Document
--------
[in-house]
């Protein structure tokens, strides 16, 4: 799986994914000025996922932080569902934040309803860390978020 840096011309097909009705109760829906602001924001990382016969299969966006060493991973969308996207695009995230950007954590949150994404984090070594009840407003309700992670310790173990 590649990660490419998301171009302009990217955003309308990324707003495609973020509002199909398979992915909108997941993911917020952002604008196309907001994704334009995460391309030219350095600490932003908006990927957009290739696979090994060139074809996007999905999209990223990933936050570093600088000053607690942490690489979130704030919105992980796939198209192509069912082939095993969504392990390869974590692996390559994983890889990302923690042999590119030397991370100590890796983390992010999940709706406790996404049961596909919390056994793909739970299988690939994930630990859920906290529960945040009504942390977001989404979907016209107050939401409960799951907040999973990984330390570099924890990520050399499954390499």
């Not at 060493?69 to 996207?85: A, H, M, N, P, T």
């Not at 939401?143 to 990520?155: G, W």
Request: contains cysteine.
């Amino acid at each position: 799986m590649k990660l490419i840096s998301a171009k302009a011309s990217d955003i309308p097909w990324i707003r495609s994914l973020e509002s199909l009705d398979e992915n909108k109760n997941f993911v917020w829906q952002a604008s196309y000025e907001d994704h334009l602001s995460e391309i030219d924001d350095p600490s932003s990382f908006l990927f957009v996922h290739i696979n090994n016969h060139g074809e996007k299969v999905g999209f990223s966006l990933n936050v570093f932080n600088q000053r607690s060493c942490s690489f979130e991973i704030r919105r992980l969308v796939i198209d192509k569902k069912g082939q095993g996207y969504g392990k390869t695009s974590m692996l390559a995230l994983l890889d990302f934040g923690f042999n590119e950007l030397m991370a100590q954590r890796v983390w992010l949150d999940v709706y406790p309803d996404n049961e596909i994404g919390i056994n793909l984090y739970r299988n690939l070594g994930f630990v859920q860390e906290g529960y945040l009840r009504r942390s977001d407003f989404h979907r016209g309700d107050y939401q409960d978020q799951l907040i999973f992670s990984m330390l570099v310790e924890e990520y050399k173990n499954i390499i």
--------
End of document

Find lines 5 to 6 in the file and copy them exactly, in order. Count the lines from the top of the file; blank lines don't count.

Request: contains cysteine.
């Amino acid at each position: 799986m590649k990660l490419i840096s998301a171009k302009a011309s990217d955003i309308p097909w990324i707003r495609s994914l973020e509002s199909l009705d398979e992915n909108k109760n997941f993911v917020w829906q952002a604008s196309y000025e907001d994704h334009l602001s995460e391309i030219d924001d350095p600490s932003s990382f908006l990927f957009v996922h290739i696979n090994n016969h060139g074809e996007k299969v999905g999209f990223s966006l990933n936050v570093f932080n600088q000053r607690s060493c942490s690489f979130e991973i704030r919105r992980l969308v796939i198209d192509k569902k069912g082939q095993g996207y969504g392990k390869t695009s974590m692996l390559a995230l994983l890889d990302f934040g923690f042999n590119e950007l030397m991370a100590q954590r890796v983390w992010l949150d999940v709706y406790p309803d996404n049961e596909i994404g919390i056994n793909l984090y739970r299988n690939l070594g994930f630990v859920q860390e906290g529960y945040l009840r009504r942390s977001d407003f989404h979907r016209g309700d107050y939401q409960d978020q799951l907040i999973f992670s990984m330390l570099v310790e924890e990520y050399k173990n499954i390499i």